The entire situation seemed alien to Peter. They came to the shore, cast in the line, and sat in silence. Peter began to reconsider the details of the past hour. How did Jesus know a toll collector met me? What did Jesus mean when He asked, “From whom do the kings of the earth take custom or tribute? From their sons, or from strangers?” Why did Jesus first ask me what I though? Is there something deeper here to consider? Peter prayed as he carefully considered each word. “The kings of the earth.” Why did Jesus use this specific term if He knew I had met a toll collector? Peter began to remember how Jesus taught them how to distinguish between worldly beliefs and Heavenly truth. The earth must indicate a worldly belief or custom. I see now. Everything I do here in earth requires a price. Food, clothing, taxes on land, and travel. Is there anything in this world that is free? I remember when Israel asked for a king. God warned them through Samuel. And Samuel told all the words of the LORD unto the people that asked of him a king. “And he will take your fields, and your vineyards, and your oliveyards, even the best of them, and give them to his servants. And he will take the tenth of your seed, and of your vineyards, and give to his officers, and to his servants. He will take the tenth of your sheep: and ye shall be his servants. And ye shall cry out in that day because of your king which ye shall have chosen you; and the LORD will not hear you in that day.” (1 Samuel 8:10, 14, 15, 17, 18) Things have gotten much worse than that.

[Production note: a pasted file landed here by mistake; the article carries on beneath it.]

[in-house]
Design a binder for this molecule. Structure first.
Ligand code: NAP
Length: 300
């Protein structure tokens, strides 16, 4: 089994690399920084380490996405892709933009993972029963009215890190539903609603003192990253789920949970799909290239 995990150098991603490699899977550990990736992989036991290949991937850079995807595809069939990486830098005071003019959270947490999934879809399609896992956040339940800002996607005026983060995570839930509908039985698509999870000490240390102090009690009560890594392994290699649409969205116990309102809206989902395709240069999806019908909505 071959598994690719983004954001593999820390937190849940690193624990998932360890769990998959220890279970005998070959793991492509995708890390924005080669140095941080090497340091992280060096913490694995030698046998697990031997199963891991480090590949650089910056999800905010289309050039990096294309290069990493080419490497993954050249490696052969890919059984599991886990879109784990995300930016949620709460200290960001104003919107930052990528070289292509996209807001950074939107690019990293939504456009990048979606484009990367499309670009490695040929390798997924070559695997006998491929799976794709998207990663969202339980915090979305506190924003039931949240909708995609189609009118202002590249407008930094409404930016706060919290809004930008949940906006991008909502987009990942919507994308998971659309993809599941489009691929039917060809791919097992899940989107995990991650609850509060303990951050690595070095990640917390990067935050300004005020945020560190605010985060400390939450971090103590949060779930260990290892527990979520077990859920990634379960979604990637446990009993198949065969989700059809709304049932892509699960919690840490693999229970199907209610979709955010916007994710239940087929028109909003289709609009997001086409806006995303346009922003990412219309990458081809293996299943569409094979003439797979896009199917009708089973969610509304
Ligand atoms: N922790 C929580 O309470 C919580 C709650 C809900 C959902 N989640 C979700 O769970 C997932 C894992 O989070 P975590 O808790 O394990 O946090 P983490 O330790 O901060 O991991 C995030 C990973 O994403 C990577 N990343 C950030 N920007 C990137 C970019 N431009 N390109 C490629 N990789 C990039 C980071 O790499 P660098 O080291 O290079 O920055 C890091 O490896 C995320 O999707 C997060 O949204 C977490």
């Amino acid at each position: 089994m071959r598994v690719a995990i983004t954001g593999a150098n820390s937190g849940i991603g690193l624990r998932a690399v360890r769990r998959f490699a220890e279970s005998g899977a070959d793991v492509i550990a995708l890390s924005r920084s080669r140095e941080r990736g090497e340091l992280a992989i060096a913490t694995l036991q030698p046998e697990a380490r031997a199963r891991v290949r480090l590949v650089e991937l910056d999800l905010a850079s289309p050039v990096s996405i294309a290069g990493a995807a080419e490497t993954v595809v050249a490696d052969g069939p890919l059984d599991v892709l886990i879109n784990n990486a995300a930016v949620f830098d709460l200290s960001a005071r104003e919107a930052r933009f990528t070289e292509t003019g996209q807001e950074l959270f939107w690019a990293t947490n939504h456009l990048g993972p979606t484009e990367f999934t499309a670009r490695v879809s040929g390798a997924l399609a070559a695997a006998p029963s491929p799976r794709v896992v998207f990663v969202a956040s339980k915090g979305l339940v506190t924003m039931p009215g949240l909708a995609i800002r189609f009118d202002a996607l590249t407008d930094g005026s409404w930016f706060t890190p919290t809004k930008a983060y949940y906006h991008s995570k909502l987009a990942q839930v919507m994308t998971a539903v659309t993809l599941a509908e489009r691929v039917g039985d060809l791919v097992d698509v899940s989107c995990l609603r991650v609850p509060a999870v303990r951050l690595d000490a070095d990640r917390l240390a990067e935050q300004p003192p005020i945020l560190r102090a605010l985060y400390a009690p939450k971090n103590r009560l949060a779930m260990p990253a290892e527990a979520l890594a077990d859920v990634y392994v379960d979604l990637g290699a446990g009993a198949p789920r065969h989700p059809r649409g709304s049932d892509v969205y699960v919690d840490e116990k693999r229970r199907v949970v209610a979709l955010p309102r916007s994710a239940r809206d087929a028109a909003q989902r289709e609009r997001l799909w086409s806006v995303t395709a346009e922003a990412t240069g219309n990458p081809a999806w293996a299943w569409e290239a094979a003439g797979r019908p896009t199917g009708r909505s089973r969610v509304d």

Peter figured out one little part of the parable Jesus had given him, the kings of the earth and their motives. He continued to pray and consider Jesus’ words. What about the word son? What did that have to do the toll collector? There must have been a reason Jesus used that word. What could a son represent? As Peter thought, another text came to mind. Thus says the LORD, “Israel is my son, even my firstborn:” (Exodus 4:22) If Israel represents God’s son, the king’s sons must represent those who follow the customs and ways of this world. That must be it. In the spiritual sense, the earth asks tribute of all those who are strangers, those who truly follow God. The tribute represents the distractions of this world. The sons of the world, are not distracted at all. The way of the world is a way of life to them. They learned to accept its way, and live by worldly traditions. But for the sons of God, distractions can be a heavy toll, a heavy burden to carry. Traditions cost them by compromising their beliefs, their morals, and God’s standards.

A smile came to Peter’s face as understanding reached his heart. He had finally done it. This felt like such an accomplishment to him. He had all but forgotten his reason for coming to the shore when the fish on the end of the line reminded him with a tug. He pulled the fish in and excitedly looked in its mouth. To his surprise he found a coin. It was more than enough to pay the tribute. He unhooked the fish, took the coin, and released the fish in the sea, giving thanks to God for the miracle, and showing him the meaning of Jesus’ parable.

Before heading back to Nebat’s house, they stopped off and deposited the coin in the treasury for the tribute. The toll collector’s eyes grew large as he watched Peter deposit the coin in the chest without asking for change. Peter didn’t say a word. His mind was focused on sharing the treasure he had gained with Jesus.